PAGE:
For the black thumbs or green thumb challenged, this Kitchen Herb Windowsill Garden Kit is a great way to start growing your own fresh herbs at home. Everything you need is provided, including good quality soil, and all you need to do is follow the instructions and water it to have fresh herbs on demand.
This is such a simple way to begin gardening and gain confidence in growing some of your own food.
You just can't beat the flavour of freshly picked herbs and they make the best tasting dried herbs too. Herbs are pretty difficult to buy plastic free, and can be a source of frustration when you want to be more zero waste without giving up your favourite foods.
I actually bought this kit as a gift but then decided to keep it for myself, the green pot is just so cute.
I like to know exactly what I'm getting when I purchase something like this, so I'm going to take you through step by step what is in the box and how easy it is to use and grow your herbs.
This particular one can be found here, but here, but there are many like it on the market.
Here's what the kitchen Herbs Kit looks like and as you can see, it doesn't come with a heap of packaging, which I love! Also, as the pot is metal I know it will last forever and not become cracked or brittle like plastic pots.
On the back of the kit, it has all the information on what 's included and explains that it has everything you need to get started. (You just add water and sunlight!)
When you open it, you can see it does contain 1 little plastic bag to hold the soil pellets and the seeds are in foil packets, but overall it has very little waste. (This bag can be recycled via REDcycle)
3 Soil Pellets
3 Packets of seeds (Chives, Basil and Parsley)
3 blackboard plant markers
A stick of chalk
plus the metal pot and base
The plant markers can be used for any seeds you want to plant in the future too as all you need to do is wipe the chalk off with a damp cloth.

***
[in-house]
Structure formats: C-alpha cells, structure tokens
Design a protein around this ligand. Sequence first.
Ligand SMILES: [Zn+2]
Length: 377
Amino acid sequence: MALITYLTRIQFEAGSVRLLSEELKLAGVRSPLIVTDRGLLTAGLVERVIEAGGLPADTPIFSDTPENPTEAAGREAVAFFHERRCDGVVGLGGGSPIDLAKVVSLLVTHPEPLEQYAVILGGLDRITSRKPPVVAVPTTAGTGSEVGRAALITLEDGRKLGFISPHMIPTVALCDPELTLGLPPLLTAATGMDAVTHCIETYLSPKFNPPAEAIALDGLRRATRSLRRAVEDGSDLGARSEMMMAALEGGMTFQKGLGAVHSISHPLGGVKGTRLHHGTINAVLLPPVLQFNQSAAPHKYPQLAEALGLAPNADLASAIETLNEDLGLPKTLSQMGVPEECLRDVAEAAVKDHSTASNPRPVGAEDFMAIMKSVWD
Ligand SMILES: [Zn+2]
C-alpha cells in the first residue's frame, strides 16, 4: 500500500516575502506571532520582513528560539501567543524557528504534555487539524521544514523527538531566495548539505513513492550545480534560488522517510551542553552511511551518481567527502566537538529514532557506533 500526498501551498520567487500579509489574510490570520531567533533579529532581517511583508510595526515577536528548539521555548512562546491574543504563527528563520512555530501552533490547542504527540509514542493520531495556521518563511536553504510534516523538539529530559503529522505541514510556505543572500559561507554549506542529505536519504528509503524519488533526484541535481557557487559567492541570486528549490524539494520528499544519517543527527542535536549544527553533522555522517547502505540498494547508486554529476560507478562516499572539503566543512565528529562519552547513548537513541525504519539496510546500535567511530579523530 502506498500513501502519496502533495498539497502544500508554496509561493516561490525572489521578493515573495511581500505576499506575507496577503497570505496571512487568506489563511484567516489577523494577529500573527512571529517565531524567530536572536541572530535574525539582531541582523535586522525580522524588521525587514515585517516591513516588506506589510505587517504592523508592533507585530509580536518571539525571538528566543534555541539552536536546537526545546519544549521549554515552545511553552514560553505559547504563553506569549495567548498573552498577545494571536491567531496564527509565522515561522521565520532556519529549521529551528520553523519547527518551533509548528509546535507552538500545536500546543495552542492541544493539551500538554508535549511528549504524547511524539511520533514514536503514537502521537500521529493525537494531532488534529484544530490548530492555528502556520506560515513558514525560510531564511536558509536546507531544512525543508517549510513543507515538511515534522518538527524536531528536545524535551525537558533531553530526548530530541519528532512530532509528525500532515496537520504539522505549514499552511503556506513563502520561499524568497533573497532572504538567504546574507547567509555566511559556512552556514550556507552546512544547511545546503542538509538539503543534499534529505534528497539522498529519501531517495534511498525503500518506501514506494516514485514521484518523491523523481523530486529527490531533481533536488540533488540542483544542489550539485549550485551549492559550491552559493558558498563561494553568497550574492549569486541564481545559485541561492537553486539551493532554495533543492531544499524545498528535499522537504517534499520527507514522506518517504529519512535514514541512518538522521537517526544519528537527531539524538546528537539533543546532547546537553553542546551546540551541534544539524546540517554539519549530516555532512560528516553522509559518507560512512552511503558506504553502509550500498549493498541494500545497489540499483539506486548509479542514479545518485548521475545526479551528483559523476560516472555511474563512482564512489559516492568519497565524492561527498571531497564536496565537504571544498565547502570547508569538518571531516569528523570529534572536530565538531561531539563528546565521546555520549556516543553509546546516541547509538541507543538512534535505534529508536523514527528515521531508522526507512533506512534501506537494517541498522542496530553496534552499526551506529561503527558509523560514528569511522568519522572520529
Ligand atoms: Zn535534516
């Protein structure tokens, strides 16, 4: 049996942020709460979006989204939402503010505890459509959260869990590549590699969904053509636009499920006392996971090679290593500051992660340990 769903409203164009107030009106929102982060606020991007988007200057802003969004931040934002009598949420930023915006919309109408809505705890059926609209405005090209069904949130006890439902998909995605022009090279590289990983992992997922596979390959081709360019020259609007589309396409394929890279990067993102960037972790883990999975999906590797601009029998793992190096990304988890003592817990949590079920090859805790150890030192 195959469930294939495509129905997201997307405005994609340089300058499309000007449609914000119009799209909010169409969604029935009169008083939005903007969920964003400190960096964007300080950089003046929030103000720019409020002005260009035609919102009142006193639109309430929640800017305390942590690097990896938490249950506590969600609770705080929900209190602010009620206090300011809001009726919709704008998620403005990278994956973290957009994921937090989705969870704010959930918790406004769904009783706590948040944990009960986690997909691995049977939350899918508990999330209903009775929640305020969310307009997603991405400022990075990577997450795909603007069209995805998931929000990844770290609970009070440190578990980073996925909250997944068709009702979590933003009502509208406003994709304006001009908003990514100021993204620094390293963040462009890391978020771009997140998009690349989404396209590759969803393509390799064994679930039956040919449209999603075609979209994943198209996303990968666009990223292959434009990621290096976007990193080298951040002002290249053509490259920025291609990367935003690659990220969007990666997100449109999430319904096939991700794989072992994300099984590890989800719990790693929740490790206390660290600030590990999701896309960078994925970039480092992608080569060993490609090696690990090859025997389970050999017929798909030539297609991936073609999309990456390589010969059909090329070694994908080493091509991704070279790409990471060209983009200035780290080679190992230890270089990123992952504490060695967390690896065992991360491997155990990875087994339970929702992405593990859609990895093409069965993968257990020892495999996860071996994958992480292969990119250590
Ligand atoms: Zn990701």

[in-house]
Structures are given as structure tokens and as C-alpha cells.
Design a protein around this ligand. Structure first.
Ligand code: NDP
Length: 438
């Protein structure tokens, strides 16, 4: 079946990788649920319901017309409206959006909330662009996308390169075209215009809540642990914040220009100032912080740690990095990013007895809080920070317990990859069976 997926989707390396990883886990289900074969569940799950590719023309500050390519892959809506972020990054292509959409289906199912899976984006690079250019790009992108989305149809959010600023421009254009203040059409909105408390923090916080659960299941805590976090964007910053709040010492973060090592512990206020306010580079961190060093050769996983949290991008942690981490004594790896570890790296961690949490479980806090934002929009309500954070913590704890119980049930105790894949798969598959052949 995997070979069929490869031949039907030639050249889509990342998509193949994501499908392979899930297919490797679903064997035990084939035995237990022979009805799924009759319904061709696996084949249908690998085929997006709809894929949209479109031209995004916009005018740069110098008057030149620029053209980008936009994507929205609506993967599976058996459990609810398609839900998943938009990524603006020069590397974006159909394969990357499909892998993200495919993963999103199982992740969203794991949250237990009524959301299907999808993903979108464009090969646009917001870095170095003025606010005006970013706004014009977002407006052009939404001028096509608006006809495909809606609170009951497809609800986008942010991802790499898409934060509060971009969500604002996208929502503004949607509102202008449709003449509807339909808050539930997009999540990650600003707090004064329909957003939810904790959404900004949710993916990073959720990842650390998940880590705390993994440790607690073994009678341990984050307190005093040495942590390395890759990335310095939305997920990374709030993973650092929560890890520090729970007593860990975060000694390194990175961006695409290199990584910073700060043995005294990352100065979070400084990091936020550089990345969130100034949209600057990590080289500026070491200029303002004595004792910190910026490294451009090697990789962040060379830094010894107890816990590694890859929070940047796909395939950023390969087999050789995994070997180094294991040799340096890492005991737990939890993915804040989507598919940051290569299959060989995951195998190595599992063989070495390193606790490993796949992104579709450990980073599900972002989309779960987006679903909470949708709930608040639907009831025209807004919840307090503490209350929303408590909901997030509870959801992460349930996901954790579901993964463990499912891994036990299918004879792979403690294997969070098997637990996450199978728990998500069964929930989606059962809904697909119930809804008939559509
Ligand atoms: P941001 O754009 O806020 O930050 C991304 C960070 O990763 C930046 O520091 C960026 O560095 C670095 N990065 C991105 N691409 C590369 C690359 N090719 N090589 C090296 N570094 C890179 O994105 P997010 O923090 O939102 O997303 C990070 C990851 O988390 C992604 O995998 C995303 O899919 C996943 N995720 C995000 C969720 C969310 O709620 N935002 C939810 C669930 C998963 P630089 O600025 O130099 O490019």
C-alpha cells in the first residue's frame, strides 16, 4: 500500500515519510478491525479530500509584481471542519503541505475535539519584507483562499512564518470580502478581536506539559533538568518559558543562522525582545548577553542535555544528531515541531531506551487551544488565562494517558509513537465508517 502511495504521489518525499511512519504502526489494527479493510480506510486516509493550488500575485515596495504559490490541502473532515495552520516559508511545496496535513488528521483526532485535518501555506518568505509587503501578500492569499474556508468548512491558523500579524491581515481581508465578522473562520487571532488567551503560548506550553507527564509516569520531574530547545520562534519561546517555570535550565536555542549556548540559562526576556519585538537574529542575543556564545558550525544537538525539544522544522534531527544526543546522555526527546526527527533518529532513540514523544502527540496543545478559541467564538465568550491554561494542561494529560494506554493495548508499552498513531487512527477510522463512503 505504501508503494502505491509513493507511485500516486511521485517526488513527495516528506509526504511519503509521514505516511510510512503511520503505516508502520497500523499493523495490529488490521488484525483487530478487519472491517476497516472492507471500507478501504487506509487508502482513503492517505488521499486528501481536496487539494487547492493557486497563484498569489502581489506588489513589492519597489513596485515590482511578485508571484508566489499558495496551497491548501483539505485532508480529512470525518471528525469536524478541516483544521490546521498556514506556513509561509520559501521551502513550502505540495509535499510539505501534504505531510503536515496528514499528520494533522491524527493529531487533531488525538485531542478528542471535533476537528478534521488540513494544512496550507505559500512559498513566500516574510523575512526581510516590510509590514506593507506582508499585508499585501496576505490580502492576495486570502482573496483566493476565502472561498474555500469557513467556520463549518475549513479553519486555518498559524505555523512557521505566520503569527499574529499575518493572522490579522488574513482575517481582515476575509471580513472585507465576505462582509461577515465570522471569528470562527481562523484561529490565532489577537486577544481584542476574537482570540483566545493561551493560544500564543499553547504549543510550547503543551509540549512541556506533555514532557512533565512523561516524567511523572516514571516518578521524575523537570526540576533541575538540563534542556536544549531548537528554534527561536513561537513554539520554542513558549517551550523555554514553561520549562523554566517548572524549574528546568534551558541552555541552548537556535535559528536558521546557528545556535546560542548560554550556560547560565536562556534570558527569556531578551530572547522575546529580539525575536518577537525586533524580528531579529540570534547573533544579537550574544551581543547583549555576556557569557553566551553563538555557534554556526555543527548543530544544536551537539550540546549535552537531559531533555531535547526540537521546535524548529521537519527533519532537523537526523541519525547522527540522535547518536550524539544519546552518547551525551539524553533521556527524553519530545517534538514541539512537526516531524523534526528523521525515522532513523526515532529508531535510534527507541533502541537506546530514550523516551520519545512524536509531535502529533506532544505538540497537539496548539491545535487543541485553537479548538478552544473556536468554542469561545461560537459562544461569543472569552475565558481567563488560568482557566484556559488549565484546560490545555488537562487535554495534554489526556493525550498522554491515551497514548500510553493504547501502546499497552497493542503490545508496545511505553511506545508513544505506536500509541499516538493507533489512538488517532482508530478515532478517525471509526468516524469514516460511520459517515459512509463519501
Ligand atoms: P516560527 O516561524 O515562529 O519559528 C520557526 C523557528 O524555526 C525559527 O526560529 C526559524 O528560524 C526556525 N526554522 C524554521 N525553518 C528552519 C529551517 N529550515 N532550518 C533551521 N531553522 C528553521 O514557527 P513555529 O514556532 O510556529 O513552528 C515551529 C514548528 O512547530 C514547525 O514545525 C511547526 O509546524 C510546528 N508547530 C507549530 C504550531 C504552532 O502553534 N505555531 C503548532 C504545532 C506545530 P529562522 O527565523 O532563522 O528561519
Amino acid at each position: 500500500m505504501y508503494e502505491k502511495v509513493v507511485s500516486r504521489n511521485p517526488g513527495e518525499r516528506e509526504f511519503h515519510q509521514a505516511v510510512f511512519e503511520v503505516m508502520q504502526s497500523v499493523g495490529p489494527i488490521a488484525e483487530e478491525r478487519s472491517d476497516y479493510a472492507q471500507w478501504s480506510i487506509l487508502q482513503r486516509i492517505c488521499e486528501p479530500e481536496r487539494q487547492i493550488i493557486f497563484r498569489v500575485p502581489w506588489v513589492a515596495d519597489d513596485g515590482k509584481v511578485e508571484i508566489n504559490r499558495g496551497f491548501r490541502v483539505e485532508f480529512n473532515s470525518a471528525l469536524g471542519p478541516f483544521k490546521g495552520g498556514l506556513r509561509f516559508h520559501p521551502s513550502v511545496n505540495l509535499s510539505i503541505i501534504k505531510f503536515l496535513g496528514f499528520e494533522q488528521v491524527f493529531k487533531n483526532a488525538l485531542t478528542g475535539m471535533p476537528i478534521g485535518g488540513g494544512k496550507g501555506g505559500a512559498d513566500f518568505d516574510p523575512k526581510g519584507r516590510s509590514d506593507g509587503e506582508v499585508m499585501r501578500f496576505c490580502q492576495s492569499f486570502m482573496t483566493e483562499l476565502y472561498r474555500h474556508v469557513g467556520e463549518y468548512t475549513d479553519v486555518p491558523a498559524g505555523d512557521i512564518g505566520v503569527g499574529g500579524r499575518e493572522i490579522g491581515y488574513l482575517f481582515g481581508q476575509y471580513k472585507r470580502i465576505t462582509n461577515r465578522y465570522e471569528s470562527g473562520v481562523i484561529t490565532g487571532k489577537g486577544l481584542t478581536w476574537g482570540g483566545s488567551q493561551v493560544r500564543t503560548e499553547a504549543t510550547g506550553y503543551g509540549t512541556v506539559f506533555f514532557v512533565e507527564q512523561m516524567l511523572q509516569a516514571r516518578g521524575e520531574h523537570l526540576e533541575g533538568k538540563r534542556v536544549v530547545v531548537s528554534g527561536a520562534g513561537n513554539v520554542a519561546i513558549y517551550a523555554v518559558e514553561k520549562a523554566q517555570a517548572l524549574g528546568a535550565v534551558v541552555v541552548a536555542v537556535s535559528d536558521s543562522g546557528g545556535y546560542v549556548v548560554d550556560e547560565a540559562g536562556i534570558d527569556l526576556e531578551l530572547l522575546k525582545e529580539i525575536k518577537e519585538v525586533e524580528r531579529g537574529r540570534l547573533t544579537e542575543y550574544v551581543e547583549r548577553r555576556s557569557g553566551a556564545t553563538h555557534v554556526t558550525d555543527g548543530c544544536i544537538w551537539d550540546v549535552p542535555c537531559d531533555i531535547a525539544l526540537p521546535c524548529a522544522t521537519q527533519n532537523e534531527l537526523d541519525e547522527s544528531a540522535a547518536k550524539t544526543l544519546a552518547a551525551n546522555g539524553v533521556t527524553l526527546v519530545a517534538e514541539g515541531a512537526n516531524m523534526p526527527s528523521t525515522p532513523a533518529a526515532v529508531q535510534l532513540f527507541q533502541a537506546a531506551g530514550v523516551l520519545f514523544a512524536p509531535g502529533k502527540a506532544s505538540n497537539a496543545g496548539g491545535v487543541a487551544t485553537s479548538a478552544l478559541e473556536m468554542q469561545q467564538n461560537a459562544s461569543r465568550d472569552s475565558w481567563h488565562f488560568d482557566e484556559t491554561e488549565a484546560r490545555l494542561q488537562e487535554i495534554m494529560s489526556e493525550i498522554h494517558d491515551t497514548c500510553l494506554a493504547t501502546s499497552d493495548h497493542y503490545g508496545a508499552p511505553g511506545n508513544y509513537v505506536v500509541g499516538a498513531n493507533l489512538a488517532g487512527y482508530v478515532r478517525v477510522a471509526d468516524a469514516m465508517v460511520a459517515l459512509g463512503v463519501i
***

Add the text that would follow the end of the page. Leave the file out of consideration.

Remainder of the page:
Inside the cardboard wrap are the detailed instructions, including how long you will need to wait for you herbs to sprout, and they really are easy to follow.
It does say to fertilise, but I haven't bothered and it seems to be fine.
First, start by soaking the soil pellets in 600mls of water.
I did this in a separate container as the tin has drainage holes. (This soil comes in a dried compressed form in case you're wondering)
Leave for 10 minutes, I set the timer do I didn't forget and start some other project while I was waiting.
Here the pellets have soaked up all the water and have quadrupled in size, but still had some residual water.
Stir the soil with a fork and make sure it is all wet through.
Now just place the soil into the tin and even up the surface a little so you have a flat layer of soil to work with
Carefully open up your seed packets and begin planting. As you can see, plenty of seeds are provided and I used all of them as recommended.
Oh, and Don't forget to write on your chalkboard markers when you're planting.
Now just water it every few days and wait. You want to keep the soil moist but check the base to make sure you aren't over watering and getting a lot coming through the drainage holes. Just tip out any excess water.
In no time you'll get your first seedlings sprouting, and in a few weeks you'll be able to start using the herbs in cooking or for garnishes.
I love herbs so much, and the quantity grown is probably more suitable for garnishing than herb heavy recipes. This is such a great option for anyone just starting out or wants a simple windowsill garden with very little effort. (It would also make a great gift, if you can bear to part with it!)
Once your herbs have grown and been eaten, you can purchase more seeds from your local garden shop, or a local seed swap group and begin again using the same soil.
In hindsight I probably should have saved a portion of the basil and parsley seeds as they did overcrowd the chives a little. The parsely has really taken off!
This brand also has a Lavender kit and a strawberry windowsill pot which I found in an opshop recently, lucky score! This means I won't be fighting the birds for the fruit as the pot will be indoors, and it's a fun activity to do with kids. They can help prepare, plant and watch as the fruit begins to grow and ripen and it helps to build an understanding of the effort that goes into growing food (and hopefully helps explain why we don't want to waste food).
The other thing I really like about this is that the pot becomes a handy place to tip out tiny amounts of water left in drink bottles. Although it's not exactly doing a lot to save water, it makes me happy that it's being used productively.
So, if you do want to start growing some kitchen windowsill herbs, this kit is a Super simple way to begin even if you are a terrible gardener, you are almost guaranteed success.
What are your favourite kitchen herbs to use that you would love to have growing on your windowsill?
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